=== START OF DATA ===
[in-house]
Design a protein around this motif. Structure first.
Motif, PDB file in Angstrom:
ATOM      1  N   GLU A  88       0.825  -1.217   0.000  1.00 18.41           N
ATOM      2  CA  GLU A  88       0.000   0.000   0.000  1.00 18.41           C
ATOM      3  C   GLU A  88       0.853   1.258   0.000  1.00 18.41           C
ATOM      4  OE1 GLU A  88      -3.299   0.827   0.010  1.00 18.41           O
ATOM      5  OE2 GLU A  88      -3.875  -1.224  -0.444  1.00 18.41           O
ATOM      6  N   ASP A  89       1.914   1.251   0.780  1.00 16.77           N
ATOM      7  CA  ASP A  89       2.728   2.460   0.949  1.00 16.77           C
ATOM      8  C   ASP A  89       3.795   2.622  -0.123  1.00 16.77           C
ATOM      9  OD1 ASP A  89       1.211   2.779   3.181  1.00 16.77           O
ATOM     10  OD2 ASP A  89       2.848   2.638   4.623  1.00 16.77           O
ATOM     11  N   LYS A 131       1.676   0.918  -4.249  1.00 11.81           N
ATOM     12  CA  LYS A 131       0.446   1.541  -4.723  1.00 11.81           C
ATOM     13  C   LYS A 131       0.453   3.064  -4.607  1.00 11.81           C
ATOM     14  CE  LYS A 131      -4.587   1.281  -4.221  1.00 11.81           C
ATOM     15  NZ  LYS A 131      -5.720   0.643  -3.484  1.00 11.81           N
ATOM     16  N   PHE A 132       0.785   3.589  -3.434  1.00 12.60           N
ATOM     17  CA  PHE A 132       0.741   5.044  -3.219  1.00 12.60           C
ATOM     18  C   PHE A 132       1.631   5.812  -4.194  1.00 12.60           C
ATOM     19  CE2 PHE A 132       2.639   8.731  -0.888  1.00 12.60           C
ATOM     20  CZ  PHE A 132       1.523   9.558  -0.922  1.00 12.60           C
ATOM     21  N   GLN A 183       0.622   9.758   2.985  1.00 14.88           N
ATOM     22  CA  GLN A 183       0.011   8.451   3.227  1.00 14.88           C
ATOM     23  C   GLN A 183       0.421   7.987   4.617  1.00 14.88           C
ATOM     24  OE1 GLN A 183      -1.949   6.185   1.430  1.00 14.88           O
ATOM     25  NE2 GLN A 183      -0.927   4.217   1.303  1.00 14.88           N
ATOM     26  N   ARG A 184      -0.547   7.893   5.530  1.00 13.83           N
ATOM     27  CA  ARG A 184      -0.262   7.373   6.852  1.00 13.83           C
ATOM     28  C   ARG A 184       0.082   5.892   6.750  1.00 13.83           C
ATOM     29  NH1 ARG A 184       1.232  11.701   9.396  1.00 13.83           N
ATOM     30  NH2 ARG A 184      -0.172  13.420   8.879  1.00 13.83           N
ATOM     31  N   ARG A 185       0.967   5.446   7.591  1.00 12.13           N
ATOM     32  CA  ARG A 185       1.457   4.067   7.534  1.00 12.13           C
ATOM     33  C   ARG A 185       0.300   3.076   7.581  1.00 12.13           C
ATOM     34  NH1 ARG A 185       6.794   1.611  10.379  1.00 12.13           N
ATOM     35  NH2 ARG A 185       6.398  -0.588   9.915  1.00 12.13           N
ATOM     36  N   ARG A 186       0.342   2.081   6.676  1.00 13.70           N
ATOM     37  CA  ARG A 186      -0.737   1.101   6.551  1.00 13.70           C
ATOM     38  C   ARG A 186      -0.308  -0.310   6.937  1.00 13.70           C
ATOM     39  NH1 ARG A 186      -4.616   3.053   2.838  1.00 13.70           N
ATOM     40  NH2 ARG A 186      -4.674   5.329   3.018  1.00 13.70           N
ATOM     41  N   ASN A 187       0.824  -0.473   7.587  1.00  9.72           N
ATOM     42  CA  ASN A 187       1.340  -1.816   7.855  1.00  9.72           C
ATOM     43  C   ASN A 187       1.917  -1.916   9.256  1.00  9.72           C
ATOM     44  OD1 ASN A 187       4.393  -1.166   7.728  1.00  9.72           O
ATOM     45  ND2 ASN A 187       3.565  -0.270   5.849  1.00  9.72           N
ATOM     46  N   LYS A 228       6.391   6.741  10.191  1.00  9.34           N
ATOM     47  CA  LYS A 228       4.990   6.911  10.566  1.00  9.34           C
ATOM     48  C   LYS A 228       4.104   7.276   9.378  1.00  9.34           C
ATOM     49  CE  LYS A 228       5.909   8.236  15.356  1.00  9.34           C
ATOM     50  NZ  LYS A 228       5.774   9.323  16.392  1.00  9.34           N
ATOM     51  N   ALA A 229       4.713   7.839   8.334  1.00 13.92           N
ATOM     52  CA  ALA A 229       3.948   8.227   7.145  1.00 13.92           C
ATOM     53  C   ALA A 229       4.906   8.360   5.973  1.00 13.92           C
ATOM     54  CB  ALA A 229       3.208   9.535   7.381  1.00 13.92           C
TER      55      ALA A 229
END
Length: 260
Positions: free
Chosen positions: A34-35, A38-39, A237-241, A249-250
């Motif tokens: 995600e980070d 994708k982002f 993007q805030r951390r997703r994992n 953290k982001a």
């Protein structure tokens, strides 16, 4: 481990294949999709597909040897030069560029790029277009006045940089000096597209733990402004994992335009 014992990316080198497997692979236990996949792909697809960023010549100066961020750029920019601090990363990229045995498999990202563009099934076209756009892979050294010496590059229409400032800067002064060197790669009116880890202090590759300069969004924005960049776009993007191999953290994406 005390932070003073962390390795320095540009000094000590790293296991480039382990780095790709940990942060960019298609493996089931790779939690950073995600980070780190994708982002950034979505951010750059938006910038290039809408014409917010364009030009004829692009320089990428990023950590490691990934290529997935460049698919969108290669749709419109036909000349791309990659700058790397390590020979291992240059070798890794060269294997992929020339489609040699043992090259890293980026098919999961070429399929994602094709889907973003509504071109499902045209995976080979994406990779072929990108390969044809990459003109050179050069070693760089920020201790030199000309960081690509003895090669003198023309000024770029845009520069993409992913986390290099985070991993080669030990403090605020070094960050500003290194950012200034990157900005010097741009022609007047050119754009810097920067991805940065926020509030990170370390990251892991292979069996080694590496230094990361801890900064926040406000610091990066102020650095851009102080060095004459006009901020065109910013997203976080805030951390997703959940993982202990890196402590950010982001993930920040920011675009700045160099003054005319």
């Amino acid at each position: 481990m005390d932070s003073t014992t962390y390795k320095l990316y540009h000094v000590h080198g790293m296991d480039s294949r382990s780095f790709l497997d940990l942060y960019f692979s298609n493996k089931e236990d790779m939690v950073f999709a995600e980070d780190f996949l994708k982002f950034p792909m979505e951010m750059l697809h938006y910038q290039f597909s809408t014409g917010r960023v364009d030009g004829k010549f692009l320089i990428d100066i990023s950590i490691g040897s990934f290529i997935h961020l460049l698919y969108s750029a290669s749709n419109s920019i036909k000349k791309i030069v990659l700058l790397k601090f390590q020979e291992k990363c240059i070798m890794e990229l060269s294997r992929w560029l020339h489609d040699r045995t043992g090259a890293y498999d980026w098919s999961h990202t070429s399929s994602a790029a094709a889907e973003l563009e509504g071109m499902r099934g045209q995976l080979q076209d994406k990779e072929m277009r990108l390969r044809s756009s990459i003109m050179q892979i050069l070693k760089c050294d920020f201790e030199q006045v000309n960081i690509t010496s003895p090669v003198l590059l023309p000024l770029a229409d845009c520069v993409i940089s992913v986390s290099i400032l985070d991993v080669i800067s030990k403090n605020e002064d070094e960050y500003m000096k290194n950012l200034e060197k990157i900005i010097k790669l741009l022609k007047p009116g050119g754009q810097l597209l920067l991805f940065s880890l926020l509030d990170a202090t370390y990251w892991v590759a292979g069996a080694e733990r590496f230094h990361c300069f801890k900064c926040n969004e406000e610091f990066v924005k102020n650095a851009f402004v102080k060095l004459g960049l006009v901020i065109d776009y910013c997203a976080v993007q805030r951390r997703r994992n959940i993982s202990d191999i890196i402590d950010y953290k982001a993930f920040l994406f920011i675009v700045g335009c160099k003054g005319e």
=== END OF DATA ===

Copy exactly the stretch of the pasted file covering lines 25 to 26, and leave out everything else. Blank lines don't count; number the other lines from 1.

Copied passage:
ATOM     22  CA  GLN A 183       0.011   8.451   3.227  1.00 14.88           C
ATOM     23  C   GLN A 183       0.421   7.987   4.617  1.00 14.88           C